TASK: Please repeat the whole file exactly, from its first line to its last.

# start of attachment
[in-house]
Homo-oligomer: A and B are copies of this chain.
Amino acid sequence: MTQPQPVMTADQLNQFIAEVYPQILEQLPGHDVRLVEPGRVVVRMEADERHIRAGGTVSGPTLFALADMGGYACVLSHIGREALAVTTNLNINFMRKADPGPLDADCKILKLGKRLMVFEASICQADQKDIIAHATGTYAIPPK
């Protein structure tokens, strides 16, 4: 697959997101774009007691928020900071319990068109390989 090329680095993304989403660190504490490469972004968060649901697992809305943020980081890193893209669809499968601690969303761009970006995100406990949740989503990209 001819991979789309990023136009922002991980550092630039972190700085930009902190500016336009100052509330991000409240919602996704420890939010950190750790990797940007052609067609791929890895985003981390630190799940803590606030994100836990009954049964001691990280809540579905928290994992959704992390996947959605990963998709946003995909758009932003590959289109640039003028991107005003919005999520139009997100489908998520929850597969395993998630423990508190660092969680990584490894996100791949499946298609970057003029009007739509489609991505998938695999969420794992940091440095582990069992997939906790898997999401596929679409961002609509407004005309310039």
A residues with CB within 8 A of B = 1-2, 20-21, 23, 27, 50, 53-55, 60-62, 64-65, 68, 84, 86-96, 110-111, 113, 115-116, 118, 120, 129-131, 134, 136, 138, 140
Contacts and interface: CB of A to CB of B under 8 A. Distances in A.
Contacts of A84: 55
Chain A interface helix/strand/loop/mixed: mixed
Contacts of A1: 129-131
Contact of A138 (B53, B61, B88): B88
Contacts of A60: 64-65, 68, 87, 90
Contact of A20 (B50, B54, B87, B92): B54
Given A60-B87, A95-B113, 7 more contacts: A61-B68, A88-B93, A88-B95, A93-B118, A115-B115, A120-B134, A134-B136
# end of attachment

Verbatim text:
[in-house]
Homo-oligomer: A and B are copies of this chain.
Amino acid sequence: MTQPQPVMTADQLNQFIAEVYPQILEQLPGHDVRLVEPGRVVVRMEADERHIRAGGTVSGPTLFALADMGGYACVLSHIGREALAVTTNLNINFMRKADPGPLDADCKILKLGKRLMVFEASICQADQKDIIAHATGTYAIPPK
């Protein structure tokens, strides 16, 4: 697959997101774009007691928020900071319990068109390989 090329680095993304989403660190504490490469972004968060649901697992809305943020980081890193893209669809499968601690969303761009970006995100406990949740989503990209 001819991979789309990023136009922002991980550092630039972190700085930009902190500016336009100052509330991000409240919602996704420890939010950190750790990797940007052609067609791929890895985003981390630190799940803590606030994100836990009954049964001691990280809540579905928290994992959704992390996947959605990963998709946003995909758009932003590959289109640039003028991107005003919005999520139009997100489908998520929850597969395993998630423990508190660092969680990584490894996100791949499946298609970057003029009007739509489609991505998938695999969420794992940091440095582990069992997939906790898997999401596929679409961002609509407004005309310039």
A residues with CB within 8 A of B = 1-2, 20-21, 23, 27, 50, 53-55, 60-62, 64-65, 68, 84, 86-96, 110-111, 113, 115-116, 118, 120, 129-131, 134, 136, 138, 140
Contacts and interface: CB of A to CB of B under 8 A. Distances in A.
Contacts of A84: 55
Chain A interface helix/strand/loop/mixed: mixed
Contacts of A1: 129-131
Contact of A138 (B53, B61, B88): B88
Contacts of A60: 64-65, 68, 87, 90
Contact of A20 (B50, B54, B87, B92): B54
Given A60-B87, A95-B113, 7 more contacts: A61-B68, A88-B93, A88-B95, A93-B118, A115-B115, A120-B134, A134-B136